How did they get x^2 - 4x + 3 = 0 => (x-3)(x-1)? Do you do it by intuition or is there something to memorize?
How did they get (x-3)(x-1)
How did they factor it? Do you just do it by intuition or is there something to memorize?
- PuzzlingLv 71 month agoFavourite answer
x² - 4x + 3 = 0
Usually they'll give you problems that are easy enough to figure out with integer factors.
You are looking for two numbers:
They should *multiply* to be the last number (3)
They should *add* to be the middle coefficient (-4)
Clearly 3 is positive. You either need two positive numbers or two negative numbers to get a positive product. The only possible products are:
1 * 3 = 3
-1 * -3 = 3
But obviously since the middle coefficient (-4) is negative, we want the second pair. You can't get a negative sum from two positive numbers.
-1 + -3 = -4
From there, you just write it as:
(x - 1)(x - 3) = 0
Later on you'll learn more methods for doing this that don't rely on factoring such as completing the square or the quadratic formula.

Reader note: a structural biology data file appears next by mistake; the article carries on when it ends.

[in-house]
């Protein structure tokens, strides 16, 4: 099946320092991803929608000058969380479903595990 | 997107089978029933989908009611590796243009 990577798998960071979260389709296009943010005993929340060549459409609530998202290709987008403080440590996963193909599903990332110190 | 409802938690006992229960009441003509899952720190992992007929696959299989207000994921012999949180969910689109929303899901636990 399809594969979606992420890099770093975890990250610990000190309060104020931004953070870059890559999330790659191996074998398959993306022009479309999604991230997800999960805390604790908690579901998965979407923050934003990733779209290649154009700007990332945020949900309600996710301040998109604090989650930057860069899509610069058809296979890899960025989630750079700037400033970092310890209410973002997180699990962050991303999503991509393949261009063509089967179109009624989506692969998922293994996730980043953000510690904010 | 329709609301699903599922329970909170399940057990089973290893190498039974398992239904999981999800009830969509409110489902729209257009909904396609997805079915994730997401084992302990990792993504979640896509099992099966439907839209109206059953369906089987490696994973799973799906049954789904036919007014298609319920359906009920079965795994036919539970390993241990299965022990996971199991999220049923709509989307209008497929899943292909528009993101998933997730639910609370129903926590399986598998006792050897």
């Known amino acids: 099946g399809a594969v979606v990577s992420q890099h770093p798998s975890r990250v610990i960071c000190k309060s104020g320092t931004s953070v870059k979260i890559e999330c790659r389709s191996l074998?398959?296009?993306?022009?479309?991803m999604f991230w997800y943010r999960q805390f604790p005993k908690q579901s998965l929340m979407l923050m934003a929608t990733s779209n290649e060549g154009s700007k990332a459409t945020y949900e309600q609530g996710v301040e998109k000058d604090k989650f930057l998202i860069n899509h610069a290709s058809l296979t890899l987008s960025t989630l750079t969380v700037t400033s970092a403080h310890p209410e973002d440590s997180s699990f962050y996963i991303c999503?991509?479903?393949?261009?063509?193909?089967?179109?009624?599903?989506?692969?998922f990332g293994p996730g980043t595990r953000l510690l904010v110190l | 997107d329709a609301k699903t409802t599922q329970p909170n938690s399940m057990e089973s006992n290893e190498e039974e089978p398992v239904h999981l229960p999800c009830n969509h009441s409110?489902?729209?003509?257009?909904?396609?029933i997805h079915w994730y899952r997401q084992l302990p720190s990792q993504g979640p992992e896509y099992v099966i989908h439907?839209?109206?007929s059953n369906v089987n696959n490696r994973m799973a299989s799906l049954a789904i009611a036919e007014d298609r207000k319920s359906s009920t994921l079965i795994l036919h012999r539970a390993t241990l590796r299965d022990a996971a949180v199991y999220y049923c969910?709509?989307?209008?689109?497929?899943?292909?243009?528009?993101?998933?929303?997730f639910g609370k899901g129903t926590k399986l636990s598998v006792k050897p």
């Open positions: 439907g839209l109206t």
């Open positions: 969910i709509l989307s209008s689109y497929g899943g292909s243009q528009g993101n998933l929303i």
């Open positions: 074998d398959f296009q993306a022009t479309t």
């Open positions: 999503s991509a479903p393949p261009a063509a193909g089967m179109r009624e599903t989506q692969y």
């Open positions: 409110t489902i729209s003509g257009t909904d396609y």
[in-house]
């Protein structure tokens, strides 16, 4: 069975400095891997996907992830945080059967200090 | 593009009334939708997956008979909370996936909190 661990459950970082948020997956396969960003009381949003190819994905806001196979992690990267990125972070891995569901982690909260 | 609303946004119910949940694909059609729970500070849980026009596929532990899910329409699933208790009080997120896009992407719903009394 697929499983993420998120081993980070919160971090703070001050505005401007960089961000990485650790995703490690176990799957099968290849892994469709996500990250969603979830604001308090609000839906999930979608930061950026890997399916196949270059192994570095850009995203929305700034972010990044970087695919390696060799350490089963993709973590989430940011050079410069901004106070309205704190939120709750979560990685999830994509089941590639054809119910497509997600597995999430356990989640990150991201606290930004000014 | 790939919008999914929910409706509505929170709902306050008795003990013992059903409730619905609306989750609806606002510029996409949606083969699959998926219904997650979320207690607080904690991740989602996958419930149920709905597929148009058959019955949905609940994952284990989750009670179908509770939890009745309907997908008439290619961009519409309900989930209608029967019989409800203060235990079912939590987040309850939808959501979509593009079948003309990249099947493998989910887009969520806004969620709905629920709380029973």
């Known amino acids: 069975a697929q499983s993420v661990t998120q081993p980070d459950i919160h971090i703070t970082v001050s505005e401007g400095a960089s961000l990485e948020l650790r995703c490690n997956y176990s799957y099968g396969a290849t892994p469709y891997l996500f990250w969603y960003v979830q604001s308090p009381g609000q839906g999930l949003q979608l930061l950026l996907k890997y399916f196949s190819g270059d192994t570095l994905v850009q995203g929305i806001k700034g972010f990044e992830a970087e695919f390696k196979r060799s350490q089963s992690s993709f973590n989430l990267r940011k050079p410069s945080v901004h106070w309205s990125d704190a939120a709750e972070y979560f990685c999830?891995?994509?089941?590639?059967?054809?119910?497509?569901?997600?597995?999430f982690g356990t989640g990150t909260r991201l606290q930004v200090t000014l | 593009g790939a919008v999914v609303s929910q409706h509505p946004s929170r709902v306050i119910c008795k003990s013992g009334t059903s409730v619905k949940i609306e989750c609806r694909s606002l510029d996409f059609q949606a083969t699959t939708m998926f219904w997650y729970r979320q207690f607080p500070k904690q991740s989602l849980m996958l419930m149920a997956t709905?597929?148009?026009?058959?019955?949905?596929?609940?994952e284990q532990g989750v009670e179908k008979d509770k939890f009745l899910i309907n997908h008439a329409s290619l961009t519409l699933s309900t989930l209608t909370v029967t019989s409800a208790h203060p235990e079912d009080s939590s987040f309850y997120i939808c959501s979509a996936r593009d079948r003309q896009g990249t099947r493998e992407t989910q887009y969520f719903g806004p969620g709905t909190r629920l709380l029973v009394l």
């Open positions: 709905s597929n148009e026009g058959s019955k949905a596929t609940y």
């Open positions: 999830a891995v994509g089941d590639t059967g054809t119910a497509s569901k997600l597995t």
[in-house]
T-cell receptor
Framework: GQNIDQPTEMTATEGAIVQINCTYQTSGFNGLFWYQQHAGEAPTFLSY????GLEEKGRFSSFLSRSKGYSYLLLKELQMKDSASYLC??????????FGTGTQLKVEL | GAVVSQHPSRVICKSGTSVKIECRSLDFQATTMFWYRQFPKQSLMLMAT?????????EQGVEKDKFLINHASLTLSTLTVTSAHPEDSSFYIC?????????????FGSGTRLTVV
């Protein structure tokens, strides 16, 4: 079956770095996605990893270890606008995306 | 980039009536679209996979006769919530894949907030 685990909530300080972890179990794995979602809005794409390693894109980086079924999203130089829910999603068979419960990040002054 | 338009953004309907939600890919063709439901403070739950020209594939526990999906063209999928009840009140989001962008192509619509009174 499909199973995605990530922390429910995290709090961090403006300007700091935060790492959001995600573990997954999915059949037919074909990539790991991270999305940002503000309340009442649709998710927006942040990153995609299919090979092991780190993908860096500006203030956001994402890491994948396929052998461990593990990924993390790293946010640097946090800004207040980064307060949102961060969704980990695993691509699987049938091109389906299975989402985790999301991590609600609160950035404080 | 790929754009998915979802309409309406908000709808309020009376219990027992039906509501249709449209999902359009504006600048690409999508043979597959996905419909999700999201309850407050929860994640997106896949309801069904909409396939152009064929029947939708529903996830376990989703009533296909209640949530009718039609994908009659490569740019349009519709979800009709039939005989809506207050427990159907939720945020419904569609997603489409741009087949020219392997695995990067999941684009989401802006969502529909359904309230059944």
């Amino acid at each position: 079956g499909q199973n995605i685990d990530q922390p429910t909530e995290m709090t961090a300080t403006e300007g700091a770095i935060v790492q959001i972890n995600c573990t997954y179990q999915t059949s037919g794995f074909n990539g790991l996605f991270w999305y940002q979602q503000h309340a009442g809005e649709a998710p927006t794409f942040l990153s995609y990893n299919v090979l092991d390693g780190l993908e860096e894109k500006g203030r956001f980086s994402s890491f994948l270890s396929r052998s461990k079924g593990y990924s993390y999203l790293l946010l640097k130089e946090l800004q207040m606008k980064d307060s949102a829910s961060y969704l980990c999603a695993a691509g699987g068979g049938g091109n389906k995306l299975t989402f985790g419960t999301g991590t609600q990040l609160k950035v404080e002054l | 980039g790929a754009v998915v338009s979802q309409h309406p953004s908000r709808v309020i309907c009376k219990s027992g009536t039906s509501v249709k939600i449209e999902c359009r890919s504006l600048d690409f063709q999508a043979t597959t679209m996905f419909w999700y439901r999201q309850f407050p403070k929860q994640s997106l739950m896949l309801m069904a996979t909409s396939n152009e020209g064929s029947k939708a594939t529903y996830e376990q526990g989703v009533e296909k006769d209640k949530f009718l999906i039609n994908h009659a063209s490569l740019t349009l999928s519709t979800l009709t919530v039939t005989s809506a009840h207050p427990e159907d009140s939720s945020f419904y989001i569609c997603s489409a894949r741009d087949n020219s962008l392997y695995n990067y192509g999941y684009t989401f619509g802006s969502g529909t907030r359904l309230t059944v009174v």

Think of two numbers that multiply to be the last number.
- You'll need two numbers of the same sign if the number is positive. You'll need two numbers of opposite signs if the number is negative.
- Those same numbers need to *add* to be the middle coefficient.
- KrishnamurthyLv 71 month ago
x^2 - 4x + 3 = 0
x^2 - x - 3x + 3 = 0
x(x - 1) - 3(x - 1) = 0
(x - 1)(x - 3) = 0
- AlanLv 71 month ago
For quadratic equation,
there is always
the quadratic formula
(-b +/- sqrt( b^2 -4ac) )/ 2a
where form is ax^2 + bx +c = 0
so a = 1 , b = -4 , c= 3 then
plug into formula
(+4 +/- sqrt( 16 -12) ) / 2 = 2 +/- sqrt(4)/2
= 2 +/- 1 = 1 or 3
root of 1 and 3
otherwise, you a few things to help
1st rational roots theorem
so all possible roots of al
are all factor of p/q where p is the lowest coefficient
and q the highest
+/- 3 , +/- 1
ax^2 + bx + c = (x+ f)(x+g) = x^2 + (f+g)x + fg
b = (f+g)
c = fg
so you have try the possibilites
or +/- 3, +/- 1 which
-4 = f + g
3 = fg
just check the values.
There is a 3rd method using
a completing of squares.